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Holy Roman Emperor

The Holy Roman Emperor (historically Romanorum Imperator, "Emperor of the Romans") was the ruler of the Holy Roman Empire (800-1806 AD, from Charlemagne to Francis II).

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Holy Roman Empire

The Holy Roman Empire (Sacrum Romanum Imperium; Heiliges Römisches Reich) was a multi-ethnic but mostly German complex of territories in central Europe that developed during the Early Middle Ages and continued until its dissolution in 1806.

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Hungarian language

Hungarian is a Finno-Ugric language spoken in Hungary and several neighbouring countries. It is the official language of Hungary and one of the 24 official languages of the European Union. Outside Hungary it is also spoken by communities of Hungarians in the countries that today make up Slovakia, western Ukraine, central and western Romania (Transylvania and Partium), northern Serbia (Vojvodina), northern Croatia, and northern Slovenia due to the effects of the Treaty of Trianon, which resulted in many ethnic Hungarians being displaced from their homes and communities in the former territories of the Austro-Hungarian Empire. It is also spoken by Hungarian diaspora communities worldwide, especially in North America (particularly the United States). Like Finnish and Estonian, Hungarian belongs to the Uralic language family branch, its closest relatives being Mansi and Khanty.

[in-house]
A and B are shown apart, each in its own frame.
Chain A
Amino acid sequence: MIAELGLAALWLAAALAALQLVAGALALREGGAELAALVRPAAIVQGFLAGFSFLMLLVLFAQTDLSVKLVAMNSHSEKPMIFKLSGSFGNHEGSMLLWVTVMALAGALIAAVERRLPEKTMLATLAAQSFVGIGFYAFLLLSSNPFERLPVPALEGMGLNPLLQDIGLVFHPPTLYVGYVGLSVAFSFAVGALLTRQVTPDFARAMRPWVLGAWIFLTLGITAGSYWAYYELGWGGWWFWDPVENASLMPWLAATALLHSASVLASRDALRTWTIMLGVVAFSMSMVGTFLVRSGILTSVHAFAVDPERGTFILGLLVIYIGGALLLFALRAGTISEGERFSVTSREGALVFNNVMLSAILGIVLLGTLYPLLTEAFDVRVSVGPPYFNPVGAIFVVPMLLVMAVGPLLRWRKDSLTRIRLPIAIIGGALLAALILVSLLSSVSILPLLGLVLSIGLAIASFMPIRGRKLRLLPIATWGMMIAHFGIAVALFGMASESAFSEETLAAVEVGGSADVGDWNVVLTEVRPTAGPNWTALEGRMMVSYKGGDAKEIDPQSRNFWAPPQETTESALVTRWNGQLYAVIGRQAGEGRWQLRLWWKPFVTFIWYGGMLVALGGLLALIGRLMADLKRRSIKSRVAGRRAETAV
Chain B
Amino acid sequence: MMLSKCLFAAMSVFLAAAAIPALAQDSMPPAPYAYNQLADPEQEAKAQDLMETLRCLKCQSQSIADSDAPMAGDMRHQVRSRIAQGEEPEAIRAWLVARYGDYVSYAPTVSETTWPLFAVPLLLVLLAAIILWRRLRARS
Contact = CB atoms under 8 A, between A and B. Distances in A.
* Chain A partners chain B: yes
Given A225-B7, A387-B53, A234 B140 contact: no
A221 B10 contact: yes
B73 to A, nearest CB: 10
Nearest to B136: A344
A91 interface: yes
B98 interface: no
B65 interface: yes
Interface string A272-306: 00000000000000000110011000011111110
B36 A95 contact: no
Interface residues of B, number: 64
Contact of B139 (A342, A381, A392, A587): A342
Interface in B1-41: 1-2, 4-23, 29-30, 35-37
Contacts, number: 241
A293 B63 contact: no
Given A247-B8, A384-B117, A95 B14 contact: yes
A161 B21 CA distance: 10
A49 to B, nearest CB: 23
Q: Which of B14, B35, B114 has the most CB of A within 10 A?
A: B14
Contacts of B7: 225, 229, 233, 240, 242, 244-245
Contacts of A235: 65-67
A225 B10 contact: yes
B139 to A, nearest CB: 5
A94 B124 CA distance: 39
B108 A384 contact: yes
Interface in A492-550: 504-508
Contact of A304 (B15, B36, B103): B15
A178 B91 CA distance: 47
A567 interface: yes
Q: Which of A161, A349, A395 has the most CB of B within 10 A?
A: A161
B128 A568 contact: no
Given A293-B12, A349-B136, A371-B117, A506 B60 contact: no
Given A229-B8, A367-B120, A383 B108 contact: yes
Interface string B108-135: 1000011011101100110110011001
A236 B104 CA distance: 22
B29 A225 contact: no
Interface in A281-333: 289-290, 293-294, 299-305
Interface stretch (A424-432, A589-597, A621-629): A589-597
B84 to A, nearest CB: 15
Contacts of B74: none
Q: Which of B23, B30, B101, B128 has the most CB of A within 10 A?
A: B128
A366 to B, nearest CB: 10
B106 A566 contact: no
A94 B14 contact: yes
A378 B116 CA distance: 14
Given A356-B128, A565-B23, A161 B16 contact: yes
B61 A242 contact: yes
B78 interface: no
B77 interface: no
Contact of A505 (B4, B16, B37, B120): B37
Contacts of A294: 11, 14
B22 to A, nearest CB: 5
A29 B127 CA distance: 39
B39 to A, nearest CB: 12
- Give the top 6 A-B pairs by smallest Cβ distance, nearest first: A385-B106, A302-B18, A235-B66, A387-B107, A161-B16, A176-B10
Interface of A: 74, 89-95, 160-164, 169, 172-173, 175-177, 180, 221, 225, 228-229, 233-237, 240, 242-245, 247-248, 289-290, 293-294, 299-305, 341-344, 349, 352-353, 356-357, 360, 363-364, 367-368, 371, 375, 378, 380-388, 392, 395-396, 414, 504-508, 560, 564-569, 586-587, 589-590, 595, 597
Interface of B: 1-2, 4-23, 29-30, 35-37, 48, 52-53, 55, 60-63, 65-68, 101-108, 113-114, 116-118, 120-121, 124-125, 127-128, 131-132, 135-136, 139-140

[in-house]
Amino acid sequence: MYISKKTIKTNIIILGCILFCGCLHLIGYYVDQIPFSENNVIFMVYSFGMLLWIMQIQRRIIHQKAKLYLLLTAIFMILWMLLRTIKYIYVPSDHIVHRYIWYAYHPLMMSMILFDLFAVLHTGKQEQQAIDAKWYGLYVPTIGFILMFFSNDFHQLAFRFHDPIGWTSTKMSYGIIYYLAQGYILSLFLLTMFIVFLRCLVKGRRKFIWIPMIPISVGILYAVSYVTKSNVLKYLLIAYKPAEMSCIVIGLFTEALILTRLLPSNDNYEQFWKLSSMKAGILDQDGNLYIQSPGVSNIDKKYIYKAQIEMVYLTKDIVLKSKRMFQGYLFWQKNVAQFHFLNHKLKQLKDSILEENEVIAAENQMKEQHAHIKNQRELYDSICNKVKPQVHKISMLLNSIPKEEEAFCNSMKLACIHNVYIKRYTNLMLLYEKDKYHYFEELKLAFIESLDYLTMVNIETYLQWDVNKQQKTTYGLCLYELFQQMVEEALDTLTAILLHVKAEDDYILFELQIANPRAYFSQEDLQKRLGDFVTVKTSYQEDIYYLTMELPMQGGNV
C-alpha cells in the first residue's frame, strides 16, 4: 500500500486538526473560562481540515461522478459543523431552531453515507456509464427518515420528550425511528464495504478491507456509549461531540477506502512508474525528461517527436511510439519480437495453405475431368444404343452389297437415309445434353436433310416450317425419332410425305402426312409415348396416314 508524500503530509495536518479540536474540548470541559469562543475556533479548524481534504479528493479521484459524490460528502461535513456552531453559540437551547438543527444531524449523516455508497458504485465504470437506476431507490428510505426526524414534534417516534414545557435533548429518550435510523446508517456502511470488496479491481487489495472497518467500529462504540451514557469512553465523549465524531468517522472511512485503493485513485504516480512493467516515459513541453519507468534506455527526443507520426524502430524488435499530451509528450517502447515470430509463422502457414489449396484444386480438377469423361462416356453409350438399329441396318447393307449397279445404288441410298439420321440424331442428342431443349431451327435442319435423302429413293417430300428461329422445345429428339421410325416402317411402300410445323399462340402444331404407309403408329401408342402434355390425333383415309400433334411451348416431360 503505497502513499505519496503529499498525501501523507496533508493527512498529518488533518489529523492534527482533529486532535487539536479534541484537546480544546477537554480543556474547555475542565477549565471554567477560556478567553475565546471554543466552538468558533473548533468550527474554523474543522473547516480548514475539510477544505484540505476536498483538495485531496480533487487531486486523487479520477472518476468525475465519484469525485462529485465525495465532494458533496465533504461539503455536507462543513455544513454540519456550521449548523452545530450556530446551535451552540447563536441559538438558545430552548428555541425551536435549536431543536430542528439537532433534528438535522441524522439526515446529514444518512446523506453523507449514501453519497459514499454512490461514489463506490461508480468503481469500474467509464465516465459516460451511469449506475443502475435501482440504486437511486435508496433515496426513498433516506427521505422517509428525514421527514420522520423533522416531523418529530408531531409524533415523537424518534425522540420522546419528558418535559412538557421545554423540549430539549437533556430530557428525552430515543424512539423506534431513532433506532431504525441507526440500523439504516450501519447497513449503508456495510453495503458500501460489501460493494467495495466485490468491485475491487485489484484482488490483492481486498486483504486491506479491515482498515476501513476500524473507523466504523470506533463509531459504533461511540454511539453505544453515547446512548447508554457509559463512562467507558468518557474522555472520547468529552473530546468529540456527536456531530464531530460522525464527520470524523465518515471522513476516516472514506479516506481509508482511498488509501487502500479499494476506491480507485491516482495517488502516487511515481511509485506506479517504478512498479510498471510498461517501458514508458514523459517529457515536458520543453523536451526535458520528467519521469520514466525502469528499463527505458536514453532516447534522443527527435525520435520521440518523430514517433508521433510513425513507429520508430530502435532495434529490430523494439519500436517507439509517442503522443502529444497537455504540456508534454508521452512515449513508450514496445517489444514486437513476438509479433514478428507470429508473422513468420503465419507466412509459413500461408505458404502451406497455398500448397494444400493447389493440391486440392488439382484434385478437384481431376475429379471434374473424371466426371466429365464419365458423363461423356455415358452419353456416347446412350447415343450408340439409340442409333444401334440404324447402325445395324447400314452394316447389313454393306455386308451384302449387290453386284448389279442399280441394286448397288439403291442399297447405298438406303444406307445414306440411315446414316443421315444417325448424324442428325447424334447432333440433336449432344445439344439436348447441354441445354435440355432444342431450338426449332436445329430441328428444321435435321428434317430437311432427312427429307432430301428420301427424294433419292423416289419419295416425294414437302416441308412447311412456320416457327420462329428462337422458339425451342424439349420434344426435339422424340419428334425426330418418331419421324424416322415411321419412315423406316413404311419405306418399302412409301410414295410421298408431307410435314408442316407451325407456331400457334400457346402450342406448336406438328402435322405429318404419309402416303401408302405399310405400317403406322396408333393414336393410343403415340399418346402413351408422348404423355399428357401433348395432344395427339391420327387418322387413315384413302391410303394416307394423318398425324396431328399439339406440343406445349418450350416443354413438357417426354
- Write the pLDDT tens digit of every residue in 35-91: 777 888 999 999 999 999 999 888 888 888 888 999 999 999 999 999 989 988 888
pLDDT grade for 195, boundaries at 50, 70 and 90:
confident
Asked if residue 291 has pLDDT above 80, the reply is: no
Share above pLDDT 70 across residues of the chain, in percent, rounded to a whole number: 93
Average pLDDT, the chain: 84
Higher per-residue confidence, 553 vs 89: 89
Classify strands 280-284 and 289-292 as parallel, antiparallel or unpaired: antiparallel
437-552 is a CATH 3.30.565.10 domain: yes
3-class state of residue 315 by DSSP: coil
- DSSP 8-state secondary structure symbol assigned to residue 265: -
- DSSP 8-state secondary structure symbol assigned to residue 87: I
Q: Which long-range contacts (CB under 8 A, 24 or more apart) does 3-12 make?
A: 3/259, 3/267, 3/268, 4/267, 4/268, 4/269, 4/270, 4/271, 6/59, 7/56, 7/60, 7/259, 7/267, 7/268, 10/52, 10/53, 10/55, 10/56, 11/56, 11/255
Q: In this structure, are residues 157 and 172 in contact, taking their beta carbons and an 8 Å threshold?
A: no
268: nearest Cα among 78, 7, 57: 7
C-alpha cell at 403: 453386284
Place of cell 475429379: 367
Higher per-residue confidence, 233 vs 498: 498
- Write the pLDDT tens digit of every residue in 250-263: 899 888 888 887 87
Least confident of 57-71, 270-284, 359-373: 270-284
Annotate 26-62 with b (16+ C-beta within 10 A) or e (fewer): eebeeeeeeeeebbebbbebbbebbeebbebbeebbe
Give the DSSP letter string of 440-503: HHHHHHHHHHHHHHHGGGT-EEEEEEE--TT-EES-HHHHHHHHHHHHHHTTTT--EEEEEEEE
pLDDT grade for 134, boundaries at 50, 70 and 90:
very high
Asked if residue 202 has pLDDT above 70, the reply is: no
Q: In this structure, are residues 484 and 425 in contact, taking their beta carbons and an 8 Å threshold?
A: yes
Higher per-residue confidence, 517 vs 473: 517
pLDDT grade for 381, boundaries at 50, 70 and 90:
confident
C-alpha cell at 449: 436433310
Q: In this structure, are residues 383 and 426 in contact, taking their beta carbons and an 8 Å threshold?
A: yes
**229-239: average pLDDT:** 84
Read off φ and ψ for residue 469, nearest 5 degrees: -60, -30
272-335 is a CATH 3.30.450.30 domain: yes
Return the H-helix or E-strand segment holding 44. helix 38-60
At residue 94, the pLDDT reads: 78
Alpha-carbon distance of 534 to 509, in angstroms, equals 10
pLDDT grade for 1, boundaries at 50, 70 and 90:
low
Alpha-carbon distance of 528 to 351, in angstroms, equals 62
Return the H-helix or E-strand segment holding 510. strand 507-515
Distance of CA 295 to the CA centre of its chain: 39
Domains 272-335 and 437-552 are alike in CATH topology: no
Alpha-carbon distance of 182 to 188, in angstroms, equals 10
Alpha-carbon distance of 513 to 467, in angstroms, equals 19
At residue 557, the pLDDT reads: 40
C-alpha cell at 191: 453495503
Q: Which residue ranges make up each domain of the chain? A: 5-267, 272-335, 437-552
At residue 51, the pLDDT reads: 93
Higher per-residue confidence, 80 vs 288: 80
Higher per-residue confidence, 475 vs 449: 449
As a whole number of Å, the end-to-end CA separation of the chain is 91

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Hungarians